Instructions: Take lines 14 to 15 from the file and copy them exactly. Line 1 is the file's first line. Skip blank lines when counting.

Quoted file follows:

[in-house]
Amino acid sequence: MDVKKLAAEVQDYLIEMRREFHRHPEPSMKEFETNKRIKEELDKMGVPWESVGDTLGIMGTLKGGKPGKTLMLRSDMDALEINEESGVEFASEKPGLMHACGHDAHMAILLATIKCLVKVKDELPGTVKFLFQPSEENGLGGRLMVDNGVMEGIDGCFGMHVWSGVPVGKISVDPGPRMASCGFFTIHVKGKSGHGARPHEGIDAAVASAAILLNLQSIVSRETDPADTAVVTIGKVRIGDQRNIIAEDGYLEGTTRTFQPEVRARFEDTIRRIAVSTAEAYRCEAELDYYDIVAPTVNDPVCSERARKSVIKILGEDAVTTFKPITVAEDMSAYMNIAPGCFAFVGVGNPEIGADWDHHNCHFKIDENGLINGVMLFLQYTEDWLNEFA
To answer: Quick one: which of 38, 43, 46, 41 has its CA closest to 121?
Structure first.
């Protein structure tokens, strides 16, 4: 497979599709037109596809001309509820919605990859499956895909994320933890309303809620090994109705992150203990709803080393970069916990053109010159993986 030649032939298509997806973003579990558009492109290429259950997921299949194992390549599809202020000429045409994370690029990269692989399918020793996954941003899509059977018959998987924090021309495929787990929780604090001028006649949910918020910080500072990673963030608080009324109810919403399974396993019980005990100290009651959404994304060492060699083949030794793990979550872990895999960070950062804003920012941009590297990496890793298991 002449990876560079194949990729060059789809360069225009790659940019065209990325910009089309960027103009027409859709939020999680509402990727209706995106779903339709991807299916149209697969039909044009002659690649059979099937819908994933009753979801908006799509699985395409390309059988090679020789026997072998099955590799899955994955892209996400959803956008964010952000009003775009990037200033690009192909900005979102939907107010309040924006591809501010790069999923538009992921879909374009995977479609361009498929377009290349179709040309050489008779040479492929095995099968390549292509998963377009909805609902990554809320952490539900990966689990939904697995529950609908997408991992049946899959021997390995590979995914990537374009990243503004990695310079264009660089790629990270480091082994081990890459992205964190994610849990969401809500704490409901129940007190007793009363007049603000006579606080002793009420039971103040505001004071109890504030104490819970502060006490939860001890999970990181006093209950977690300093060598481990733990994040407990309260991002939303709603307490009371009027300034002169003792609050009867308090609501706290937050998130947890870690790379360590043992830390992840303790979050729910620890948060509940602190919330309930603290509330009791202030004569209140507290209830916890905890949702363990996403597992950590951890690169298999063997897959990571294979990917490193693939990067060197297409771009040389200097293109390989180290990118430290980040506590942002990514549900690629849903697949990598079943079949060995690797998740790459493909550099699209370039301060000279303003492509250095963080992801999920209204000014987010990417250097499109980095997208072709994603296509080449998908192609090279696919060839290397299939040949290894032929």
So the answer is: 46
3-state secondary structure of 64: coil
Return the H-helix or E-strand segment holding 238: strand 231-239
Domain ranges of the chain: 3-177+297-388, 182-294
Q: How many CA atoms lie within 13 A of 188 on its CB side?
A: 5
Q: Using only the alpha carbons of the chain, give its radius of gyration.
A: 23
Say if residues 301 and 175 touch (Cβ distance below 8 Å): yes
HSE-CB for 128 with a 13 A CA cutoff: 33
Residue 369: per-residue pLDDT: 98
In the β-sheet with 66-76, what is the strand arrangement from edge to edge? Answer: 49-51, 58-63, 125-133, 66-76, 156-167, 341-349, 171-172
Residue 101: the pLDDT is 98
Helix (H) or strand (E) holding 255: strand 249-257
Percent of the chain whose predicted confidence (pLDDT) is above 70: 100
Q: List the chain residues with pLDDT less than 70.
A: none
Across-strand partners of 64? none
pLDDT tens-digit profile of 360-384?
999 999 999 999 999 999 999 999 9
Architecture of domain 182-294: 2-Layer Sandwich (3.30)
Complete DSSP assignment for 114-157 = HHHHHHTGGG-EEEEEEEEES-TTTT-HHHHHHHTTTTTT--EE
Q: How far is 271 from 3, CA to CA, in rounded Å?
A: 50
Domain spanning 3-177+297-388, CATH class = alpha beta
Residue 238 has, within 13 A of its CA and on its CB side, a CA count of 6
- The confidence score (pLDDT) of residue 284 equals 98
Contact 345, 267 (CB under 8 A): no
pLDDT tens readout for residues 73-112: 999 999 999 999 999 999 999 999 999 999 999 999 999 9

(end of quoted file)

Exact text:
Say if residues 301 and 175 touch (Cβ distance below 8 Å): yes
HSE-CB for 128 with a 13 A CA cutoff: 33